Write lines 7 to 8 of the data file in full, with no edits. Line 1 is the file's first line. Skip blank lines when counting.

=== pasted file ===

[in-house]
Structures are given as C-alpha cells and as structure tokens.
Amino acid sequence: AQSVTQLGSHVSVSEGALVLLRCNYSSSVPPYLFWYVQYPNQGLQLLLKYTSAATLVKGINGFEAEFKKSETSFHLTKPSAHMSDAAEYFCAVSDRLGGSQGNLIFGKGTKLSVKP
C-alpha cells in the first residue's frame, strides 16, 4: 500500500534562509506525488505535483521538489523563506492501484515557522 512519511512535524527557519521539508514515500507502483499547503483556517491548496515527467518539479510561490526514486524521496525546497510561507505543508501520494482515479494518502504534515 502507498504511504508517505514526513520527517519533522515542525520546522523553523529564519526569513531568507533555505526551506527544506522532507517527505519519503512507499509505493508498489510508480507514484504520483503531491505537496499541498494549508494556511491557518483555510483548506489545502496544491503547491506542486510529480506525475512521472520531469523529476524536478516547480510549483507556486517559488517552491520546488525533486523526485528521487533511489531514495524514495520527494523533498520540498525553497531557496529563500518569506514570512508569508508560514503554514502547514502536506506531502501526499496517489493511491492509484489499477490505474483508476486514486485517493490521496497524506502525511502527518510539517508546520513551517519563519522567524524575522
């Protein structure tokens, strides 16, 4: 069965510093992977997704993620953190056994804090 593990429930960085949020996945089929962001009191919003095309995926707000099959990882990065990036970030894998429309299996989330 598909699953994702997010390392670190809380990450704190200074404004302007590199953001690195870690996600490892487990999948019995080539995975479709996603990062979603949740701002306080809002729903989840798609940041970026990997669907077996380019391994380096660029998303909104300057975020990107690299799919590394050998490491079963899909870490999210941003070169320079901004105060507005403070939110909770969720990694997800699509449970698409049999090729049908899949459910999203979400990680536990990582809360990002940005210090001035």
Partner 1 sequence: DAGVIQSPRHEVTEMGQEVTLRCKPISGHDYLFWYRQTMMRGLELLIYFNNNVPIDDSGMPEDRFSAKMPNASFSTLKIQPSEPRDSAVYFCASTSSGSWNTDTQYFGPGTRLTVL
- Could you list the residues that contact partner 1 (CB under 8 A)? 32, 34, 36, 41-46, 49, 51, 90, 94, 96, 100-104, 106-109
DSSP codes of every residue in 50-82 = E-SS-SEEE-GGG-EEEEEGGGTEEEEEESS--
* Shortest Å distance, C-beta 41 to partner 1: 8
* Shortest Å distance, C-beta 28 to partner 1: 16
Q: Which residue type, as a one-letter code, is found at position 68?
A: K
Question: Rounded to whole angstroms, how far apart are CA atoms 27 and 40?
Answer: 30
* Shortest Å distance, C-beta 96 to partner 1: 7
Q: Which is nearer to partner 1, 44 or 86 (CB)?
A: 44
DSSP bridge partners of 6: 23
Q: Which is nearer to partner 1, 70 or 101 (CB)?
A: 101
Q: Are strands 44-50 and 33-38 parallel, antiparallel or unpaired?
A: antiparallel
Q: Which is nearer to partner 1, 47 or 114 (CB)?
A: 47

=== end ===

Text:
- Could you list the residues that contact partner 1 (CB under 8 A)? 32, 34, 36, 41-46, 49, 51, 90, 94, 96, 100-104, 106-109
DSSP codes of every residue in 50-82 = E-SS-SEEE-GGG-EEEEEGGGTEEEEEESS--